Behind the scenes at the March for Women’s Lives

While older feminists were awestruck at meeting Gloria Steinem and Betty Friedan, some of the young ones probably had no idea who they were. But the movement's generational divide didn't stop a million women from hitting the streets in D.C.

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Behind the scenes at the March for Women's Lives

A small group of anti-abortion advocates were gathered around the entrance to the National Geographic Society in Washington on Saturday, April 24, at 4 p.m., protesting a cocktail reception being thrown by the National Organization for Women, the Feminist Majority and Ms. Magazine in preparation for the next day’s March for Women’s Lives rally. The protesters held pictures of mangled fetuses; a young woman with a bullhorn shouted, “Abortion causes breast cancer! Cervical cancer! Liver cancer!” I was almost inside the building, accompanied by attorney and head of the Los Angeles chapter of NOW Shelly Mandell, when the voice grew sharper.

“Gloria! Gloria!” yelled the woman through the bullhorn. Gloria Steinem, the feminist, writer and founder of Ms. magazine, was gliding up the stairs behind me. Dressed in fitted black pants and a top, her colorless hair long and recently washed, a brown leather knapsack thrown over her shoulders, and her big trademark brown-tinted sunglasses, the impossibly slim Steinem looked like she had stepped directly out of 1978. Mandell and other organizers greeted her warmly and were ushering her into the party when a young Asian woman, who looked to be in her early 20s, stopped still on the way down the hall. “Are you — are you Gloria Steinem?” she stuttered. When Steinem, who last month turned 70, answered in the affirmative and shook her hand, the woman simply held it, shocked. “Oh! Oh my god! I love you!” she said.

It was a moment that very much captured the spirit of this weekend in Washington. Part reunion tour, part celebrity-sighting smorgasbord, part multigenerational get-to-know-you session, the march and its party-studded lead-up were filled with equal parts blank looks and rapturous handshakes, as the women’s movement — all three or four or five generations of it — gathered en masse for the first time since 1992 to rally for the protection of women’s health and reproductive rights. And as the march sponsors grappled for attention and mingled as longtime sisters-in-arms, there was a lot of staring going on: 30-year-olds and 40-year-olds and teenagers and feminist heroes and grandmothers and children all gaping at each other, wondering if they had enough in common to reinvigorate a movement that has lain fallow for over a decade.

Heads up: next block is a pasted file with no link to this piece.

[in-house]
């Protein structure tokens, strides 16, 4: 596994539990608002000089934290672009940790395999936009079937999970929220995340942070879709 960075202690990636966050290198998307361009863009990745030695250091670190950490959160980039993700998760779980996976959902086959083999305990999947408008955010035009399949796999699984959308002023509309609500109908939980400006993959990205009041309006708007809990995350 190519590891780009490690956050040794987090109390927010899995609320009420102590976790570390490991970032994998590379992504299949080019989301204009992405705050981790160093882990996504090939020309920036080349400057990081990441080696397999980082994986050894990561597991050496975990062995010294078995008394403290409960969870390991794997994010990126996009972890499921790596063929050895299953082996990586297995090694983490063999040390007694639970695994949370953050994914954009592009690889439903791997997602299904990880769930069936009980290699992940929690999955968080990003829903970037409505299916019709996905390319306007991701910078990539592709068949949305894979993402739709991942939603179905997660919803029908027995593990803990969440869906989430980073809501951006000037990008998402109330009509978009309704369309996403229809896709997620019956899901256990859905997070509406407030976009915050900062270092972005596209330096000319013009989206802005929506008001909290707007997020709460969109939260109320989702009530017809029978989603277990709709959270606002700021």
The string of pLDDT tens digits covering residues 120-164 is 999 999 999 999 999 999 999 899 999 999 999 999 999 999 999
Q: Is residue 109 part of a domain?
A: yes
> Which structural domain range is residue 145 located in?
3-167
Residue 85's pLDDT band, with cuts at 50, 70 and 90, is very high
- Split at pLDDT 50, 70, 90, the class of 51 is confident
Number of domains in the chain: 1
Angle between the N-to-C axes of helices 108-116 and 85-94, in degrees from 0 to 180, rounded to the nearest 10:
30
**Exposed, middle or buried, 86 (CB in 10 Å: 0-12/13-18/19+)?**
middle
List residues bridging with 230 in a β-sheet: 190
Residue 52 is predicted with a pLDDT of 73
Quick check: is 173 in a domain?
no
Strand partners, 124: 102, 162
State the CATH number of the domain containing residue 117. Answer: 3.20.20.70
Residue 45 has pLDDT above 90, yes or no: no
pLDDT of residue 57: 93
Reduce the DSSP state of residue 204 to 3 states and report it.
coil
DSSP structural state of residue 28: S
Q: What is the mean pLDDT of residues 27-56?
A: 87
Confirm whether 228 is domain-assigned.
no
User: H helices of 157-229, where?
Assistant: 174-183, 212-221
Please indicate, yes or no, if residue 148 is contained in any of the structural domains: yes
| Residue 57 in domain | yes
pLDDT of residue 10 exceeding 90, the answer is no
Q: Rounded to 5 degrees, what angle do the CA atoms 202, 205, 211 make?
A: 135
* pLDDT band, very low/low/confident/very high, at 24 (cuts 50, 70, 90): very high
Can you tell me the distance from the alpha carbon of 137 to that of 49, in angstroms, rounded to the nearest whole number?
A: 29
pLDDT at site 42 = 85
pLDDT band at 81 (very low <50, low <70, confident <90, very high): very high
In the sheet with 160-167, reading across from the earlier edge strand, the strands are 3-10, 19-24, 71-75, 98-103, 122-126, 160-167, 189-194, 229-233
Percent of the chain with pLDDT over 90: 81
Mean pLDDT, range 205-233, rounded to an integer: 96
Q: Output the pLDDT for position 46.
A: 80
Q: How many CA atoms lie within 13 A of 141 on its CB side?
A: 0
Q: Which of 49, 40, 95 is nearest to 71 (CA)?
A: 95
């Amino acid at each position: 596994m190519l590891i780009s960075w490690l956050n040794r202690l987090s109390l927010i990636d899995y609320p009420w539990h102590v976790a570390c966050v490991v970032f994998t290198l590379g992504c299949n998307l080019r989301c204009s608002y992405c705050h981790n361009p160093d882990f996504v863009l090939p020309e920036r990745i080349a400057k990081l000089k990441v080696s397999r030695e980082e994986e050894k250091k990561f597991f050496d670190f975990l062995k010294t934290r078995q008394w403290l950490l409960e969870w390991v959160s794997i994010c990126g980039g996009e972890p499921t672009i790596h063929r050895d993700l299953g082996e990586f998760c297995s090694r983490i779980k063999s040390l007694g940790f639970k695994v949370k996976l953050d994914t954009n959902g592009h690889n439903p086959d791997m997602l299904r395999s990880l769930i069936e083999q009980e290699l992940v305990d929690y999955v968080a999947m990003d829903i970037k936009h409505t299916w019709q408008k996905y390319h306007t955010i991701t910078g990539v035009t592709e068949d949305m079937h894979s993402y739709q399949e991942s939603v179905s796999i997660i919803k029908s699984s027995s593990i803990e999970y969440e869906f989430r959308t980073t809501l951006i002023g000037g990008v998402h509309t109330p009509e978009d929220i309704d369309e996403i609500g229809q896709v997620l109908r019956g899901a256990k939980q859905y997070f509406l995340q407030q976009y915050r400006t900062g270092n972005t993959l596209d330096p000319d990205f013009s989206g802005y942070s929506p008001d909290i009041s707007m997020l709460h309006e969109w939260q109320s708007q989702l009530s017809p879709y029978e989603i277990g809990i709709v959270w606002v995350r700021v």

The March for Women’s Lives was organized by seven sponsors: the Feminist Majority, the National Organization for Women, NARAL Pro-Choice America, Planned Parenthood, the Black Women’s Health Imperative, the National Latina Institute for Reproductive Health, and the American Civil Liberties Union. It was impossible to charter a bus on the East Coast because so many were booked to come to D.C., Mandell told me. Now that it looked as if the event was going to draw hundreds of thousands, the organizations that had planned it were jockeying for the attentions of the press and of the handful of luminaries descending on Washington. In addition to the National Geographic reception, Saturday saw a Moby concert, high tea with California Sen. Barbara Boxer, featuring Steinem and a performance by Carole King, a party at California Sen. Dianne Feinstein’s home, a kickoff rally for volunteers at the Armory, and a private dinner with Steinem.

“I think the [multi-organization] planning has been constant compromise,” said Mandell, who said she had known most of her fellow planners for more than 20 years, “but not open warfare.” At the National Geographic Society, as a single-file line of women in their 30s formed to shake hands and have their pictures taken with Steinem, “Jaws” actress and Feminist Majority board member Lorraine Gary sat with her husband, former Universal Studios head Sid Scheinberg. “It’s a reunion, and a handing off of sorts, to young women and women of color,” she said. Gary, who had greeted friends as she walked into the party by announcing that she’d had “the pleasure of walking out on [NARAL president] Kate Michelman earlier today,” explained: “There’s always tension [between organizations] when there’s branding involved.” The march was not officially branded by any of the sponsors, but groups were wrestling for visibility: Upon arrival in the city, every sentient being was fitted for a T-shirt, hat and sign emblazoned with the logo of whichever nonprofit organization spotted her first.